What is Pranayama?

What is Pranayama?

Pranayama (prah-nah-yah-muh) is often translated as breathwork, and whilst this is certainly part of it, there is more to it. The word prana is used interchangeably with oxygen or the air we breathe, however it is far more subtle than this. Pranayama, our fourth limb, is formed of two words. Prana, which means energy or vital life force; it is the life force that exists in all things, whether animate or inanimate. Ayama, which means extension or expansion. Together, pranayama is a practice where we extend or expand the life force within us. Pranayama utilises breathing to influence the flow of prana in the nadis or energy channels of the pranayama kosha (energy body).


Four aspects of the breath are utilised in pranayama practices: inhalation, exhalation, internal breath retention and external breath retention. Pranayama techniques work by energising and balancing the different parts of the body where prana can become depleted or obstructed due to our lifestyles. The techniques of pranayama provide the method whereby the life force energy can be activated and regulated in order to go beyond one's normal boundaries or limitations and attain a higher state of vibratory energy and awareness. 


Our breath is immensely powerful yet most of us are blissfully unaware of this. Think about it, our breath influences the activity of each and every cell in our body as well as our brain, arguably making it the most vital process of our body. Yet most people breathe incorrectly, using only a small part of their lung capacity. The breath is usually shallow which deprives the body of oxygen and prana which is crucial to its good health. Irregular breathing disrupts the rhythm of the brain and leads to physical, emotional and mental blocks. These can, in turn, lead to inner conflict, an unbalanced mind and disease. Pranayama establishes regular breathing patterns, breaking this negative cycle and reversing the debilitating process. It does this by giving us control of the breath and re-establishing the natural, relaxed rhythms of the body and mind.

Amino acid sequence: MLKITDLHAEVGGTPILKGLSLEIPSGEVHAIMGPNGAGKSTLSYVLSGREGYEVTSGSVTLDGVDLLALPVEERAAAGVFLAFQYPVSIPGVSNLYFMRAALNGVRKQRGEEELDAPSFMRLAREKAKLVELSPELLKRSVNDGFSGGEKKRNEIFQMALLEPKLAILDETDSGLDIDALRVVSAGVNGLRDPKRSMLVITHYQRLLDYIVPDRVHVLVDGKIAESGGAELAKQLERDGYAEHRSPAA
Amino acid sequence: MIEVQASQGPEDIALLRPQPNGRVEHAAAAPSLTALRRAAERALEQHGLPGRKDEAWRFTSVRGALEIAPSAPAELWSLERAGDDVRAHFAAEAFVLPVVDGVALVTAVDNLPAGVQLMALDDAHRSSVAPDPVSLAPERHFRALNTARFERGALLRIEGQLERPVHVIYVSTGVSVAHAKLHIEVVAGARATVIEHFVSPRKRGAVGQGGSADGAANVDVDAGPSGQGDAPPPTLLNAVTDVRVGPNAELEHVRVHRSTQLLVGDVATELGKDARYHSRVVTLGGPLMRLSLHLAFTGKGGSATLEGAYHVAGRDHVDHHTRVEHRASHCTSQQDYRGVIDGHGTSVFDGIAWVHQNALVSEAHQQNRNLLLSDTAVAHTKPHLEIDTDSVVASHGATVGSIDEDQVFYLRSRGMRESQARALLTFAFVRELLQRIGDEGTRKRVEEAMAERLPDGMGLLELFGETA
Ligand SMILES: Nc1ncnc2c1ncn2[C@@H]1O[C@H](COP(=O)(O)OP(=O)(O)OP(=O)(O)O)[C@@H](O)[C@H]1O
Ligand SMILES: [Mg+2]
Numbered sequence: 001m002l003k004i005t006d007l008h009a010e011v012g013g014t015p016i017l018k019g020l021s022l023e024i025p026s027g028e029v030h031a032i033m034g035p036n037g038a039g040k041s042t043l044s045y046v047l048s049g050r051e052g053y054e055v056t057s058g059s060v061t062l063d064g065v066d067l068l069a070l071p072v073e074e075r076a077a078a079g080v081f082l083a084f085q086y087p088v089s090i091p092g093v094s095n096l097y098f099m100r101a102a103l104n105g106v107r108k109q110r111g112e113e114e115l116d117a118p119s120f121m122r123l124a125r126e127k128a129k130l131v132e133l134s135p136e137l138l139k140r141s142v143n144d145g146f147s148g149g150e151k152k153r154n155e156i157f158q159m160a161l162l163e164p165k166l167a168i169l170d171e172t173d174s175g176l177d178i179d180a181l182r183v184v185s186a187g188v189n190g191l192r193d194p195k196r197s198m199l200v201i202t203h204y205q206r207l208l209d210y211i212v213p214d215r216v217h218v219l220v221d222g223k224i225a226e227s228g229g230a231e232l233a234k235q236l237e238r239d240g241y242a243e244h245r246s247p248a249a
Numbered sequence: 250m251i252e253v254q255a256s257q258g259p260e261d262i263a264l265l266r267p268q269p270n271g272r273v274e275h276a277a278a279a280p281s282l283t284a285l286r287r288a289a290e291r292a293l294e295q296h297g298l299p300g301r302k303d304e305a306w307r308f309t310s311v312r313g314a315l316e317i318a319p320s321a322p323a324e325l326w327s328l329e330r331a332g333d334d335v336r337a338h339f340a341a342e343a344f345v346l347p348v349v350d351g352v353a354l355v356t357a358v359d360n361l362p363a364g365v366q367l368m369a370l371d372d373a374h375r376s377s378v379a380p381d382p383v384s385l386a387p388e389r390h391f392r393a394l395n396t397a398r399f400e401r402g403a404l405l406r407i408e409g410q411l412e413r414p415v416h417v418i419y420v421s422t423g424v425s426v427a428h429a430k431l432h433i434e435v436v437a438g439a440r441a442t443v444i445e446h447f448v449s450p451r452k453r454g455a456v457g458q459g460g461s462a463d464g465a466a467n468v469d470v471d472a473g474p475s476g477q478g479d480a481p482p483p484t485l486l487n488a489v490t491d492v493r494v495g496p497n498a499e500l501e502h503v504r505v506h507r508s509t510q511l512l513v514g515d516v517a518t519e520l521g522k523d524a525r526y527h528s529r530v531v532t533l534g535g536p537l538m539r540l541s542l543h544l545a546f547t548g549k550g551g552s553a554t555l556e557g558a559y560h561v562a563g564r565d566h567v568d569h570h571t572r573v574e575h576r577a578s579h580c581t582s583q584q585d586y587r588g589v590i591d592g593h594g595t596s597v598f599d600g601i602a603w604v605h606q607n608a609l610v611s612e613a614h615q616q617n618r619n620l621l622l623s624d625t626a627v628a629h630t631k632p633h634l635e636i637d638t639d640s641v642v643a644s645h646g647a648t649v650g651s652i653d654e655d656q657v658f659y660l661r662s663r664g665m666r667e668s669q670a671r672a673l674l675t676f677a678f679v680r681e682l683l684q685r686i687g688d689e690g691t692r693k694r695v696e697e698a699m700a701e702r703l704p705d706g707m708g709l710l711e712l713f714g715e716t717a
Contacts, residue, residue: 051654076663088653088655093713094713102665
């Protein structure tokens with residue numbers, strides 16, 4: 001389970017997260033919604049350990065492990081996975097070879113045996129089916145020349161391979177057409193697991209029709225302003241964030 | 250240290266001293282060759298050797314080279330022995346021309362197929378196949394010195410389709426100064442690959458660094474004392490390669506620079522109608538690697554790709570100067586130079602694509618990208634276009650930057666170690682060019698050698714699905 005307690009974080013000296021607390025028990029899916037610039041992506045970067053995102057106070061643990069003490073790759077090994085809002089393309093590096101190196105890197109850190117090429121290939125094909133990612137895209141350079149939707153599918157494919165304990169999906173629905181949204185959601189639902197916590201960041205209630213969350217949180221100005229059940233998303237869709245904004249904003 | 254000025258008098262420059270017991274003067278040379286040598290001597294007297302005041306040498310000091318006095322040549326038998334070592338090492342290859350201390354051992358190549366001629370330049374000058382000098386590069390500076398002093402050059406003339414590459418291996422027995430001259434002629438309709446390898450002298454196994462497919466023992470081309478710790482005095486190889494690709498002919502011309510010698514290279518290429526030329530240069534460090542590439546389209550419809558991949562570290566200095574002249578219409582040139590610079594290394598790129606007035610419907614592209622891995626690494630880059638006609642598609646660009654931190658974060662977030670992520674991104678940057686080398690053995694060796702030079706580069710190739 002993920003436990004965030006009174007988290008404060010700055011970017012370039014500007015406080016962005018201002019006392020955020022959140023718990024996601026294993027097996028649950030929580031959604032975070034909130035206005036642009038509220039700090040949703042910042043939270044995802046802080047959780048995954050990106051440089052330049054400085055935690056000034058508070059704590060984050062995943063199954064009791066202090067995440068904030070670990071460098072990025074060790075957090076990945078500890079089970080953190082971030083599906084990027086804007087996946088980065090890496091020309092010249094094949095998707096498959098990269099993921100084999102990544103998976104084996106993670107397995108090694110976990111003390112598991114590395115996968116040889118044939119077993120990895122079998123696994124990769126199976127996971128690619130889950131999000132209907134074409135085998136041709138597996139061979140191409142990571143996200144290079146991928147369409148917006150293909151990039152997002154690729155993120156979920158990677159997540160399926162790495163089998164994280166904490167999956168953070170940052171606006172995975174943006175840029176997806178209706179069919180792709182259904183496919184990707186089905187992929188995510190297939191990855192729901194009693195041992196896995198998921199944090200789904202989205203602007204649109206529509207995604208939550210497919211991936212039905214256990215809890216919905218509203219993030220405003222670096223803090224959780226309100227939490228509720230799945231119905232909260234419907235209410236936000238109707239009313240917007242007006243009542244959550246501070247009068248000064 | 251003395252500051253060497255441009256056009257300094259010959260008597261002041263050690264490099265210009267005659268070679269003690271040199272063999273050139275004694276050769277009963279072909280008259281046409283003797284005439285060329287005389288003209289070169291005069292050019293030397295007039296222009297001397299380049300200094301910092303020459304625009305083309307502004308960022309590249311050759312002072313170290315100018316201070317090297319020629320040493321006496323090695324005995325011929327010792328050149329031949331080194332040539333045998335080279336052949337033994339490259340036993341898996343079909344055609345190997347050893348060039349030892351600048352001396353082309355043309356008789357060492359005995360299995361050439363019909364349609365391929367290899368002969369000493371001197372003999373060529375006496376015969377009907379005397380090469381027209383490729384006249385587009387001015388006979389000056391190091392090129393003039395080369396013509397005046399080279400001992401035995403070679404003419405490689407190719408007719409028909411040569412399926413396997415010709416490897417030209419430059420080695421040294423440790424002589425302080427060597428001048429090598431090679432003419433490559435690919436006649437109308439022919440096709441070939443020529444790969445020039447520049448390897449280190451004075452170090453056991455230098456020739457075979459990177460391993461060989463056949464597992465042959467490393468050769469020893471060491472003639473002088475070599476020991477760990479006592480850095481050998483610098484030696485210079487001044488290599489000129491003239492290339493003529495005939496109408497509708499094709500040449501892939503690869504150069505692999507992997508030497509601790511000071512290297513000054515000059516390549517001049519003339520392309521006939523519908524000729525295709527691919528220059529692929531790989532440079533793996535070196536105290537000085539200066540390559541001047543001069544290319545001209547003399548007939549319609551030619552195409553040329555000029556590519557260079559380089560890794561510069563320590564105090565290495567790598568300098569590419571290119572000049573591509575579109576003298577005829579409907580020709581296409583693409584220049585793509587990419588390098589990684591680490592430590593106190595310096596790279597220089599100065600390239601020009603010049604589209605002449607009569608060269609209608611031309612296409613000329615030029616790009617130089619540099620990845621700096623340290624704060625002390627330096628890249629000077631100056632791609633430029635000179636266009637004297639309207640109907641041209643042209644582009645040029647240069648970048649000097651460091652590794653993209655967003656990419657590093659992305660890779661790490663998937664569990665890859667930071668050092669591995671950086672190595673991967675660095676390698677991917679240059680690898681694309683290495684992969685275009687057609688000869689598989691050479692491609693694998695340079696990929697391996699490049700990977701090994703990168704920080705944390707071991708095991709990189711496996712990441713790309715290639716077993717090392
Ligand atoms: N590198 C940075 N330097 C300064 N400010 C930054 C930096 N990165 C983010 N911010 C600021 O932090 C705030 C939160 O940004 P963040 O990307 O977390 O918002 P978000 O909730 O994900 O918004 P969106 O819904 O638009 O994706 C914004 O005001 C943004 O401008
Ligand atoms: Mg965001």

There are a plethora of pranayama techniques, some of which I have shared here. Below, I guide you through two of them.



This is our default breath setting. It's how we are born breathing but due to our busy and stressful modern lifestyle we tend to breathe shallowly into our chest, especially when we feel stressed or anxious. This increases our heart rate and causes us to feel more stressed or anxious so we continue to breathe shallowly - a vicious cycle! By practicing abdominal breathing regularly we can train our bodies to breathe properly again.


You can do this pranayama with me by watching on YouTube or listening on Insight Timer (free meditation app)

  1. Lay on your back in savasana with your arms by your sides and your feet about mat width apart and relax the whole body
  2. Observe the natural breath with no alterations for couple of minutes
  3. Place your right hand on your belly and your left hand on your chest
  4. Now, imagine drawing your breath in and out from the belly - the right hand will move up with inhalation and down with exhalation whilst the left hand will stay still
  5. Breathe slowly and deeply - filling the belly with air as far as is comfortable for you, do not force the movement
  6. Continue for a few minutes, perhaps counting the breath or saying 'breathe in, breathe out' to yourself to help you focus
  7. Gently release your hands back to the start position and notice how you feel now compared to the beginning of the practice

There are many benefits of practising abdominal breathing regularly including:

  • inducing relaxation and calm
  • lowering the levels of the stress hormone cortisol in your body
  • lowering your heart rate and blood pressure
  • improving mood and energy levels
  • helping to reduce pain



This technique calms and soothes the nerves, especially those around the brain and forehead, since the vibrations from the humming sound have a natural calming effect. **Do not do this technique if you have ear problems or if you are lying down.**


You can do this pranayama with me by watching on YouTube or listening on Insight Timer

  1. Sit in a comfortable seated posture
  2. Close the eyes and relax the whole body
  3. The lips should remain gently closed with the teeth slightly separated throughout
  4. Raise your arms, bend your elbows and use the index/middle fingers to close the ears gently OR use the index, middle and ring fingers to cover your eyes and the thumbs to close the ears
  5. Inhale through the nose and exhale slowly whilst making a deep steady humming sound
  6. This is one round - practice 5 - 10 rounds to begin with and slowly increase overtime
  7. After you finish, sit with your eyes closed for a few moments noticing any sensations that are present. Notice how how you feel now compared to the beginning of the practice

There are many benefits of practising bhramari pranayama regularly including:

  • Reduces anger, anxiety and insomnia
  • Strengthens and improves the voice
  • Soothing effect on the mind
  • Improves concentration and memory
  • Builds confidence
  • Helps in reducing blood pressure

I hope you enjoy these techniques and they bring you back to balance, whatever that looks and feels like to you.

With love and gratitude,

Jyoti x

(pronounced Jyo-thee)

Leave a comment

Please note, comments must be approved before they are published

This site is protected by reCAPTCHA and the Google Privacy Policy and Terms of Service apply.